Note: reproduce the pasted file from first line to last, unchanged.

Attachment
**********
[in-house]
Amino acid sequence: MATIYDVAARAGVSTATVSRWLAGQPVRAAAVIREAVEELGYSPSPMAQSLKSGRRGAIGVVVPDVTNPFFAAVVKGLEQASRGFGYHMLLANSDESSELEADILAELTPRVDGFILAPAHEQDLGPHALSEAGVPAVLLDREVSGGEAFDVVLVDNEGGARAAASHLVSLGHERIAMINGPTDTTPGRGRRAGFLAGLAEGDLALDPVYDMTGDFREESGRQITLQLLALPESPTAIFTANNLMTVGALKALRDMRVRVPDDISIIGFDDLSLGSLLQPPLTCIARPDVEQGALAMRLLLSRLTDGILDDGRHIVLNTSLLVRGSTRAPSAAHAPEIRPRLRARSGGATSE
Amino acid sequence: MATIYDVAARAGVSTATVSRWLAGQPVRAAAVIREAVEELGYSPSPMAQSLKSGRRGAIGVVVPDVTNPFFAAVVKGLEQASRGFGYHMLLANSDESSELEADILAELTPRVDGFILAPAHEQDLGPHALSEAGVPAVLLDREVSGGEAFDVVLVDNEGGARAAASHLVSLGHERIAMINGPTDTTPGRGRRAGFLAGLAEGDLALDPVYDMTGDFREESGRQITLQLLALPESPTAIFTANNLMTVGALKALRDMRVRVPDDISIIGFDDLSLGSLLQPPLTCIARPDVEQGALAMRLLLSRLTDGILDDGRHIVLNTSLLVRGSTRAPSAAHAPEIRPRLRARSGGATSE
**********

[in-house]
Amino acid sequence: MATIYDVAARAGVSTATVSRWLAGQPVRAAAVIREAVEELGYSPSPMAQSLKSGRRGAIGVVVPDVTNPFFAAVVKGLEQASRGFGYHMLLANSDESSELEADILAELTPRVDGFILAPAHEQDLGPHALSEAGVPAVLLDREVSGGEAFDVVLVDNEGGARAAASHLVSLGHERIAMINGPTDTTPGRGRRAGFLAGLAEGDLALDPVYDMTGDFREESGRQITLQLLALPESPTAIFTANNLMTVGALKALRDMRVRVPDDISIIGFDDLSLGSLLQPPLTCIARPDVEQGALAMRLLLSRLTDGILDDGRHIVLNTSLLVRGSTRAPSAAHAPEIRPRLRARSGGATSE
Amino acid sequence: MATIYDVAARAGVSTATVSRWLAGQPVRAAAVIREAVEELGYSPSPMAQSLKSGRRGAIGVVVPDVTNPFFAAVVKGLEQASRGFGYHMLLANSDESSELEADILAELTPRVDGFILAPAHEQDLGPHALSEAGVPAVLLDREVSGGEAFDVVLVDNEGGARAAASHLVSLGHERIAMINGPTDTTPGRGRRAGFLAGLAEGDLALDPVYDMTGDFREESGRQITLQLLALPESPTAIFTANNLMTVGALKALRDMRVRVPDDISIIGFDDLSLGSLLQPPLTCIARPDVEQGALAMRLLLSRLTDGILDDGRHIVLNTSLLVRGSTRAPSAAHAPEIRPRLRARSGGATSE